Imagine you are driving down an open highway, cruise control on, convertible top down, feeling the warm sun on your face, and listening to your favorite song.
When without warning a semitruck sideswipes you, sending you into a tailspin.
Fortunately, for some of us, a major car collision may not occur in our lifetime; yet, for all of us, there have been moments in our lives where things “took an unexpected turn” with the impact of a collision.
Whether navigating the tailspins of life or a car, we find ourselves asking the question: do we turn the wheel against the impact or turn into it?
The beautiful consequence of our human brain is that we have an imagination and like to tell stories. We especially want to know how our stories will end.
A collision with our lives can send us into a tailspin, especially if we have spent years planning and organizing our life’s story to turn out a certain way. These collision moments may be major life events (loss of job, relationship, death, natural disasters) or minor ones (late for work, discord with loved one, traffic, missed deadline). And it is in these collision moments that can create a tailspin when we either choose to take our hands off the wheel (avoidance, numbing out, shutting down), or turn the wheel in the opposite direction (aggression, attacking, anger).
A seasoned car racer and meditator will tell us that when skidding and losing control (of our car or lives), we use the wheel to point the car in one direction to allow the tailspin to slow and the car to regain equilibrium. The seasoned meditator would say that the wheel is metaphorically our breath, used as a guide to regain balance.
More often than we might like to admit, we react and give into the urge to turn the wheel in the opposite direction (to regain control) or take our hands off the wheel because of denial or fear, similar to running away from or avoiding a stressful life situation and seeking relief, or as Tara Brach refers to, “false refuge.”
We’ve all had moments when we felt like we were losing control of a situation, ourselves, our relationships, and our lives, and we tend to counter-react with more control, to fight against what is happening, or to undo what just happened.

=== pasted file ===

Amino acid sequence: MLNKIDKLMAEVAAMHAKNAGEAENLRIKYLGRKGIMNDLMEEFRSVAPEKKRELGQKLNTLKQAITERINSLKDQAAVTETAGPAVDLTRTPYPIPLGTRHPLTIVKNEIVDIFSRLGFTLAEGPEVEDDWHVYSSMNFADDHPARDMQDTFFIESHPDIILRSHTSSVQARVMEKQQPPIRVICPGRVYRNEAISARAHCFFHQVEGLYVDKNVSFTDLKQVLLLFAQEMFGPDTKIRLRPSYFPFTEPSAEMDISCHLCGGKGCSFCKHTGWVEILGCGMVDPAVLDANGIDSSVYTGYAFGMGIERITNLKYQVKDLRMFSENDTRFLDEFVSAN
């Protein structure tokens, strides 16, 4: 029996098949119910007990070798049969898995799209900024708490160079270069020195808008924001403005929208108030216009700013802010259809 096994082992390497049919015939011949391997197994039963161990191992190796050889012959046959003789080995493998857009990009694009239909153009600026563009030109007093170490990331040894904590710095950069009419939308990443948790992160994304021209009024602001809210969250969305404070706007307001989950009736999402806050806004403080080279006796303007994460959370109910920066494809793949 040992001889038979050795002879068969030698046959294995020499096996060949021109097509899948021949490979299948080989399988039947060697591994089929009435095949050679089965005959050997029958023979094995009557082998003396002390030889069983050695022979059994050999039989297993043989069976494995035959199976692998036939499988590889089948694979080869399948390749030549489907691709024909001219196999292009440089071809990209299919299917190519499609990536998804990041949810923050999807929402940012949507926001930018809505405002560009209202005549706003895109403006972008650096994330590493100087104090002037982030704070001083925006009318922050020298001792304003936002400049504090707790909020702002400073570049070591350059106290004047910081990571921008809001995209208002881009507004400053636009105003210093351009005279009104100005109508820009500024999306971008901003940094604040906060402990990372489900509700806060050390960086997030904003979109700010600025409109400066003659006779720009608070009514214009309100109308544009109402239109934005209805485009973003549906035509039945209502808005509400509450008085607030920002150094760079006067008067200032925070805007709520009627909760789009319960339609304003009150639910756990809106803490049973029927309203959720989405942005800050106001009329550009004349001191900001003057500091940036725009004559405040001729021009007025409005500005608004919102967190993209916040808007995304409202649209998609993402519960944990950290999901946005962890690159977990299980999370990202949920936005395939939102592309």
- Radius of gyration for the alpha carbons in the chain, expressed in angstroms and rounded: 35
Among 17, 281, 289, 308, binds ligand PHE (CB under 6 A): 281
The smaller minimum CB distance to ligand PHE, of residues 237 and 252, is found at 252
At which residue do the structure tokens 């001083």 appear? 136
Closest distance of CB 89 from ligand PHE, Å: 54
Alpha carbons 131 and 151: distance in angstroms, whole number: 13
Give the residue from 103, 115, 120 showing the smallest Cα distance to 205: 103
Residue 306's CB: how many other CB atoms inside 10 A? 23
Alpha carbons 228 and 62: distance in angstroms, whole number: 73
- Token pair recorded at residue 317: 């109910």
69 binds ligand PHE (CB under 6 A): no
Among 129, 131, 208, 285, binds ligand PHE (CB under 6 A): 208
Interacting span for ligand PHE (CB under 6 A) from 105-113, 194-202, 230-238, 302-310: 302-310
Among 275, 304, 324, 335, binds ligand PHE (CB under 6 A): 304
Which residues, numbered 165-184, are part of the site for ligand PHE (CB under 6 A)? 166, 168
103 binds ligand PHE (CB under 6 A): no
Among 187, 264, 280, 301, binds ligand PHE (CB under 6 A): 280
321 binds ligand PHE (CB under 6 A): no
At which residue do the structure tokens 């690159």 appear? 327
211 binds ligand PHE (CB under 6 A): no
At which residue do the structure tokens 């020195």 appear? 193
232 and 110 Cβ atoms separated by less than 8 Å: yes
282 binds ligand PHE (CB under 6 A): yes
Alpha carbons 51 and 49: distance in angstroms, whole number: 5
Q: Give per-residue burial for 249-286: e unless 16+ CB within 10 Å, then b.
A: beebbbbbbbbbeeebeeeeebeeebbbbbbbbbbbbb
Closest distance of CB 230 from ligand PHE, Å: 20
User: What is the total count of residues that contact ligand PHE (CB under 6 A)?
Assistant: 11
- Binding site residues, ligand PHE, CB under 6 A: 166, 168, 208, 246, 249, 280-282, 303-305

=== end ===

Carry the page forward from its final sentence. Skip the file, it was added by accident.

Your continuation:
Enter suffering: a strong sense of loss or disequilibrium coupled with the strong desire to go back to the way things were because the now and future are uncomfortably unknown.
We start to identify with this collision, as if saying, “I am this” which translated may mean, “I did something wrong.”
Pema Chödrön calls this getting “hooked,” or the Tibetan term shenpa (attachment), in these impact moments when we have an urge to react or seek relief from these feelings of discontent. We may feel like we are stuck in that moment, kind of like in sticky molasses, and we are unable to move through it. And one way to end suffering is to begin to understand what gets us hooked in the first place.
There are wonderful parallels between our experience in our meditation practice and our moment to moment unfolding life. When we are able to transfer our learning in meditation to these impact moments in life, we may be more effective at reducing or ending the accompanying suffering.
Pema spoke of four qualities of focus (maitri) when meditating and it is these same qualities that can be applied during these impact moments of our lives.
Qualities of Focus:
Through meditation, we are strengthening our ability to be steadfast with our bodies and minds. When we apply unwavering loyalty to ourselves during our life’s impact moments we are firmly rooted in the moment, like a strong oak tree, not running from or against it but standing still and being with whatever is arising in our minds and bodies.
With daily meditation practice, we no longer use self-deception and cultivate more honesty with ourselves. During these impact moments we are no longer led by wishful thinking or denial and see with open eyes, mind, and heart to what is actually unfolding; we are truth-seeking.
Experiencing our Emotional Distress
With a daily meditation practice we start to drop our stories and self-righteousness and lean into the emotions. In impact moments, we stay with the emotions as they are arising, without bringing in history or expectations. We take in the emotions as they arise and thus we strengthen our patience and acceptance, which provides us with a deeper understanding of ourselves, a more compassionate view.
Experiencing our Emotional Distress
There is a Shambhala saying that by not understanding and knowing fear we can never truly be fearless. Here, fear encompasses all emotions such as anxiety, envy, jealousy, depression, and loneliness. When we feel these are emotions arising, we ask ourselves, “What I am afraid of in this moment?”
Attention to Present Moment
In our meditation practice, we commit to the continual choice, moment by moment, to stay with whatever is arising and unfolding in our minds and bodies. When applied to our life’s impact moments, we return again and again to the unfolding of them with increased astuteness rather than give in to the urge to seek relief or false refuge.
We know, with our meditation and life experience, that maitri is so much harder than stated here.
But, as with meditation, so too—with our lives in these impact moments—we can begin again. Every moment is an opportunity to begin again. By skillfully practicing maitri within ourselves and our lives, it will be of benefit to those around us.
Pema refers to this as the “four-minute mile” whereby exercising maitri may be “handed off” to the next person, because we are all connected.
“There’s a common misunderstanding among all human beings who have ever been born on the earth that the best way to live is to try to avoid pain and just try to get comfortable.” ~ Pema Chödrön